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Marketing Reporting Technologies: What are the Options?

Published March 17, 2017
Numbers may not lie, but how we present them can make all the difference. Data can easily become overwhelming for people who don’t love wading ankle deep in spreadsheets. That’s why part of a marketer’s job is finding the right way to report metrics that are clear, concise and informative. Fortunately there’s technology that helps our data tell its story.
Whether you’re measuring performance for a large or small business, accurate reporting is crucial. You need to start with a framework for thoroughly tracking how people got to your website, what they viewed, and what led them to convert (or hindered them from converting) into paying customers.
An overwhelming array of options faces marketers today. Of course, you can start with Google Analytics, the free go-to web tracking solution in use on millions of websites. While a properly configured Google Analytics setup will take most businesses a long way in monitoring online performance, it can’t solve all the problems faced by marketers.
How do you connect the dots to a transaction that occurred via face-to-face interaction months after an online form was submitted? How can you create a simple report template that makes sense to your CEO when a Google Analytics dashboard isn’t enough? In this article we’ll look at your different options along with how and when to use them.

 

Marketing Reporting Technologies

 

Google Analytics: Built-In Reports

A Google Analytics account is free and offers access to a wide range of data by default, including audience demographics, behavior, sources, and content. You can easily install the Analytics code on most websites by simply copying and pasting it into the right spot.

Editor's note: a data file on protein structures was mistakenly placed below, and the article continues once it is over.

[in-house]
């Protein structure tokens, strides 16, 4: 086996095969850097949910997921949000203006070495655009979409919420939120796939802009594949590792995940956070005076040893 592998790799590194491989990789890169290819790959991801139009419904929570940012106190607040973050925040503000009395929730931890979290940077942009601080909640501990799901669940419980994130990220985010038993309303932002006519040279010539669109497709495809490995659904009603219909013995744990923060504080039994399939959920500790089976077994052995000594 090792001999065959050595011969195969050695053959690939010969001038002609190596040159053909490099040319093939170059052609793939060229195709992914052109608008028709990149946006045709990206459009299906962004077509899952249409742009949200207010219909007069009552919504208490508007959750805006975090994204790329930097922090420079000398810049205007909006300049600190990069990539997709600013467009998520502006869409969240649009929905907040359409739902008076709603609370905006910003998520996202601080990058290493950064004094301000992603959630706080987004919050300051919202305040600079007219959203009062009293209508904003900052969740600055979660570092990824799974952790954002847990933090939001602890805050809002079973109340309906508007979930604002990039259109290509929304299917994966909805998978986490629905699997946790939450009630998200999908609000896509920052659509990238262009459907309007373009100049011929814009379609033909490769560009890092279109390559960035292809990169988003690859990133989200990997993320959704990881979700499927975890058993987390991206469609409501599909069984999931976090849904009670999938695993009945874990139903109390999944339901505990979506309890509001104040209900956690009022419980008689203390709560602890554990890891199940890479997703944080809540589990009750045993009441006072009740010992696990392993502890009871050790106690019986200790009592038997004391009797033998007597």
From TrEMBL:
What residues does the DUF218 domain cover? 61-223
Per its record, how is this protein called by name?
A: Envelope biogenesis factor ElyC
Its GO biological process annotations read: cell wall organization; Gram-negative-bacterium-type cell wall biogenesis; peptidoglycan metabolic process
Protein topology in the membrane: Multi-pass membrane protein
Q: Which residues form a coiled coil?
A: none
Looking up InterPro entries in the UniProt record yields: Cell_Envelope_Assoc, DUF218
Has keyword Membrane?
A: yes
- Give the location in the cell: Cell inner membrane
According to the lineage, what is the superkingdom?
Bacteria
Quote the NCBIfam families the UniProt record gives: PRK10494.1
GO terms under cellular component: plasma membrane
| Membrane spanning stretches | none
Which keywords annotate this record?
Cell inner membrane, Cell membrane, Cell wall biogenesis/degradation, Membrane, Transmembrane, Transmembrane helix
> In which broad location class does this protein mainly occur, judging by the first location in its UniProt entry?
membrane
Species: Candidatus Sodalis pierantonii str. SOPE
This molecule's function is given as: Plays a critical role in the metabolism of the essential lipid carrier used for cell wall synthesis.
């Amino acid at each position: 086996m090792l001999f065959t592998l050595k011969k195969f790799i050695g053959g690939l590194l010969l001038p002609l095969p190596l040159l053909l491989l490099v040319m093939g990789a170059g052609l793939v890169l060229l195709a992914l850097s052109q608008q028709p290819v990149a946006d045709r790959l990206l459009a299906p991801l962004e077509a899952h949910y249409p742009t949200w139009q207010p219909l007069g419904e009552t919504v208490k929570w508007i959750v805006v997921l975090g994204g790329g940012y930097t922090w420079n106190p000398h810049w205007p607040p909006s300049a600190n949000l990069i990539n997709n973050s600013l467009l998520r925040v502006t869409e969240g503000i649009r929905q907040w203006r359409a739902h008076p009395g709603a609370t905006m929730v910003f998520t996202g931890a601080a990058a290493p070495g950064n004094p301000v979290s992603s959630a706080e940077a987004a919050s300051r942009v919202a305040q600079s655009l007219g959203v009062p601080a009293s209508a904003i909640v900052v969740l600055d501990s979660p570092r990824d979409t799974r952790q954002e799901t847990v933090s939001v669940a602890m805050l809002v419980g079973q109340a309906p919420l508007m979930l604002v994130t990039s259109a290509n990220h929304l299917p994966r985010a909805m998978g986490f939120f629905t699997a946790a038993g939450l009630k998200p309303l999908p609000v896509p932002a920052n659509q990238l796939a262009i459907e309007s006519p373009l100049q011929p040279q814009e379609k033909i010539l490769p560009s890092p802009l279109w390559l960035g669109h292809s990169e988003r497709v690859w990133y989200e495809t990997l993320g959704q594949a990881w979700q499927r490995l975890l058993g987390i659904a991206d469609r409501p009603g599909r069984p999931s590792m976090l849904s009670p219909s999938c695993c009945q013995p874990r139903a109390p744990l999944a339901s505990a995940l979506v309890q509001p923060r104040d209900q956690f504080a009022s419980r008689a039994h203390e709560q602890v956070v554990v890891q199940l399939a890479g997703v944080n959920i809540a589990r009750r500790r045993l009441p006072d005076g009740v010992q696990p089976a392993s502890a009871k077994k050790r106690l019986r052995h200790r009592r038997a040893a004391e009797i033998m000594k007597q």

With custom configuration, you can also track conversion and revenue data. While tracking “thank you” pages for forms is relatively simple to set up, tracking revenue for ecommerce or SaaS sites can quickly become complex. Not every business model works well for full sales cycle tracking in Google Analytics, especially when a purchase takes place through an offline conversation months after the initial point of contact.

 

Google Analytics Dashboard

 

Dashboards allow you to see a quick snapshot of performance over a single timeframe, while segments and custom reports allow you to look at data on a deeper level than what is available in the default interface. For instance, you could look at top organic landing pages within a “blog” section of your site over the last six months.

Daniel Harris, Market Research Associate at Gartner Group’s Software Advice, uses Google Analytics heavily for measuring content performance and says, “Google Analytics custom reports are a quick way to do ad hoc analysis of trends.”

However, Analytics has its limitations in helping his team track to the point of final revenue. “Aside from quickly checking how a page or group of pages is performing, GA exports are of little use in content analytics. This is because we need to combine GA data with revenue data to get a full picture of content performance, and this can only be done in a dashboard, not within the GA interface (at least in our implementation).”

In addition, free Analytics accounts with high traffic volumes will sample data, meaning you may not see 100% accurate numbers when looking at certain timeframes or segments. Of course, at this point you can upgrade to Analytics 360 and avoid sampling, but the minimum pricing of $150,000/year is only realistic for enterprise level companies.